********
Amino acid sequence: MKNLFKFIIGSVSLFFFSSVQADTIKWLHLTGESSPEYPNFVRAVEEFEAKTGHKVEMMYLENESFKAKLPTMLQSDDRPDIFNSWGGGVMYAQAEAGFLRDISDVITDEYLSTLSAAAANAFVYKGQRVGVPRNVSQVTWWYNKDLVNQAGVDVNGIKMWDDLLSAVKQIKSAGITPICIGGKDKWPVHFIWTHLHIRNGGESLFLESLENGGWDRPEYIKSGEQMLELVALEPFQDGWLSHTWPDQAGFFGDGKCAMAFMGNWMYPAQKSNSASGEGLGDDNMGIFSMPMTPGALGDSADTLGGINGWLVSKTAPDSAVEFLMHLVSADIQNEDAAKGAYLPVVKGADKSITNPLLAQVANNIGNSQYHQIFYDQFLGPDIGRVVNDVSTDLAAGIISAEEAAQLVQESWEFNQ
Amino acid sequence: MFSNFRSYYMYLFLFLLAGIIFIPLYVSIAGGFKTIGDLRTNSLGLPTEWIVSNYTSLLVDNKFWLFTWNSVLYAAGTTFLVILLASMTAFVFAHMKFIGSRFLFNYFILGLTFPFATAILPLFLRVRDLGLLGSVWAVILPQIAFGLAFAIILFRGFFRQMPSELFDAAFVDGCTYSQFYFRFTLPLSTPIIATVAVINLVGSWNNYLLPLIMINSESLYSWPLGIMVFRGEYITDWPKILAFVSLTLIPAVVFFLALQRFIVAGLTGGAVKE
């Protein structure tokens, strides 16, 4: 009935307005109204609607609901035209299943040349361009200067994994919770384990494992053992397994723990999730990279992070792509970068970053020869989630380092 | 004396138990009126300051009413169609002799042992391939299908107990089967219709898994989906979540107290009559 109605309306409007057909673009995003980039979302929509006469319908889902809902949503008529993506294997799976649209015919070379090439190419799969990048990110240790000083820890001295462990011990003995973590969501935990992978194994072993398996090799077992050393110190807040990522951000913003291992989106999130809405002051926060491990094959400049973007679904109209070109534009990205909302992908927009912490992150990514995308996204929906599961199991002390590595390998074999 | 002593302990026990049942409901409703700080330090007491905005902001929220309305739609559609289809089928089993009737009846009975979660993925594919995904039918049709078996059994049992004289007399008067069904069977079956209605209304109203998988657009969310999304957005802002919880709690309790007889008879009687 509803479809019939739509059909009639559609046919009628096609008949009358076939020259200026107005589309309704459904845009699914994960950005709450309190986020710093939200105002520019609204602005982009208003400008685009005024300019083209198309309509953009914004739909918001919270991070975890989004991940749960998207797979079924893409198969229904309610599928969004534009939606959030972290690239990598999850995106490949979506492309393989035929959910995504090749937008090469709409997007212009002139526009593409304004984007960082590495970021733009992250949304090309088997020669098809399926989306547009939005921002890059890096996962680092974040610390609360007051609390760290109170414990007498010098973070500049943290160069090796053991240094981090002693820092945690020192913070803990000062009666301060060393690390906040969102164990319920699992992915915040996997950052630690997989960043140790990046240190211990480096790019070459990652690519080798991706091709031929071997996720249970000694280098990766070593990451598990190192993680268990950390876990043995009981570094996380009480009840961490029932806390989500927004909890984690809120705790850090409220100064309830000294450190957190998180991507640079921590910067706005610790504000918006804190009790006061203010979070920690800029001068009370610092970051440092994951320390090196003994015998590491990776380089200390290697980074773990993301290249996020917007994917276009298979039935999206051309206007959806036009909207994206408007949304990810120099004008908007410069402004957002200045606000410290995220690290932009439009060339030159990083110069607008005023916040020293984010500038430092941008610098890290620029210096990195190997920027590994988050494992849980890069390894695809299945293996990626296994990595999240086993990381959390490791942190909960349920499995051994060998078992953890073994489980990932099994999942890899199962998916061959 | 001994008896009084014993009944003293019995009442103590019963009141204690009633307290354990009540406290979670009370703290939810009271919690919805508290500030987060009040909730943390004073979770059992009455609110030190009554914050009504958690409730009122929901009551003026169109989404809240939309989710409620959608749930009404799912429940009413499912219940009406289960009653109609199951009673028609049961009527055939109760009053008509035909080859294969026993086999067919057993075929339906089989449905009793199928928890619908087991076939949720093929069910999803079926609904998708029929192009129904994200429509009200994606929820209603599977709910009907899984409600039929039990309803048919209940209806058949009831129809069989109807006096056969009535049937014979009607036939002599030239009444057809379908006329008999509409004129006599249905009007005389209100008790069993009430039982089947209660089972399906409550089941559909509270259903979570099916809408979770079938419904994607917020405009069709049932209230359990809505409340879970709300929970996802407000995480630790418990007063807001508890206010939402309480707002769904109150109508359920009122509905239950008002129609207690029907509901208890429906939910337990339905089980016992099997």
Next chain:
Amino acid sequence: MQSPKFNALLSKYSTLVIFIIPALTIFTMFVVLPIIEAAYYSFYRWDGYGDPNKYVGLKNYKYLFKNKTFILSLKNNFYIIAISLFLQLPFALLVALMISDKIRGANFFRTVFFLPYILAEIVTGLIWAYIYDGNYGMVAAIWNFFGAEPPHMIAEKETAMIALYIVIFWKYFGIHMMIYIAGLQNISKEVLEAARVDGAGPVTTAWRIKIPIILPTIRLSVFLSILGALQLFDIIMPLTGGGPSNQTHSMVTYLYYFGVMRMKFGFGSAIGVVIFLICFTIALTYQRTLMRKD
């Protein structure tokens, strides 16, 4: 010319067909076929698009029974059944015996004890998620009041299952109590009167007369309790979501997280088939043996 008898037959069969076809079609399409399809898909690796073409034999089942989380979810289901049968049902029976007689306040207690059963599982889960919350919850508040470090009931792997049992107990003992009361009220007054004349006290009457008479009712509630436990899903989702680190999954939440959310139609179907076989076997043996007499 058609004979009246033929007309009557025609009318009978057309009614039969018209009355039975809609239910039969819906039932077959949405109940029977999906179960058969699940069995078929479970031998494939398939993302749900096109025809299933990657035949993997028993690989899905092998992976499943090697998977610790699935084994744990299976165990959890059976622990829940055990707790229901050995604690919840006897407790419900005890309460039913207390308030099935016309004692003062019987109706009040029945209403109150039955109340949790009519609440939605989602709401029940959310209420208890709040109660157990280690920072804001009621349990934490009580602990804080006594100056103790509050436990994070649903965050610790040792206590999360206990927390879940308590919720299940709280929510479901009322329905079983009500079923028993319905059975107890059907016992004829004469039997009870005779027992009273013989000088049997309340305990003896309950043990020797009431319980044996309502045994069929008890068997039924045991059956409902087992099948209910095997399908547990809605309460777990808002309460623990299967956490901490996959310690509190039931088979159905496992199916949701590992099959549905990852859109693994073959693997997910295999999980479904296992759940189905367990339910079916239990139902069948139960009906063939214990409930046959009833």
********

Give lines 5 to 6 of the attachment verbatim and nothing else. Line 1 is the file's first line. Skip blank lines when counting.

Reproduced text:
Amino acid sequence: MQSPKFNALLSKYSTLVIFIIPALTIFTMFVVLPIIEAAYYSFYRWDGYGDPNKYVGLKNYKYLFKNKTFILSLKNNFYIIAISLFLQLPFALLVALMISDKIRGANFFRTVFFLPYILAEIVTGLIWAYIYDGNYGMVAAIWNFFGAEPPHMIAEKETAMIALYIVIFWKYFGIHMMIYIAGLQNISKEVLEAARVDGAGPVTTAWRIKIPIILPTIRLSVFLSILGALQLFDIIMPLTGGGPSNQTHSMVTYLYYFGVMRMKFGFGSAIGVVIFLICFTIALTYQRTLMRKD
């Protein structure tokens, strides 16, 4: 010319067909076929698009029974059944015996004890998620009041299952109590009167007369309790979501997280088939043996 008898037959069969076809079609399409399809898909690796073409034999089942989380979810289901049968049902029976007689306040207690059963599982889960919350919850508040470090009931792997049992107990003992009361009220007054004349006290009457008479009712509630436990899903989702680190999954939440959310139609179907076989076997043996007499 058609004979009246033929007309009557025609009318009978057309009614039969018209009355039975809609239910039969819906039932077959949405109940029977999906179960058969699940069995078929479970031998494939398939993302749900096109025809299933990657035949993997028993690989899905092998992976499943090697998977610790699935084994744990299976165990959890059976622990829940055990707790229901050995604690919840006897407790419900005890309460039913207390308030099935016309004692003062019987109706009040029945209403109150039955109340949790009519609440939605989602709401029940959310209420208890709040109660157990280690920072804001009621349990934490009580602990804080006594100056103790509050436990994070649903965050610790040792206590999360206990927390879940308590919720299940709280929510479901009322329905079983009500079923028993319905059975107890059907016992004829004469039997009870005779027992009273013989000088049997309340305990003896309950043990020797009431319980044996309502045994069929008890068997039924045991059956409902087992099948209910095997399908547990809605309460777990808002309460623990299967956490901490996959310690509190039931088979159905496992199916949701590992099959549905990852859109693994073959693997997910295999999980479904296992759940189905367990339910079916239990139902069948139960009906063939214990409930046959009833």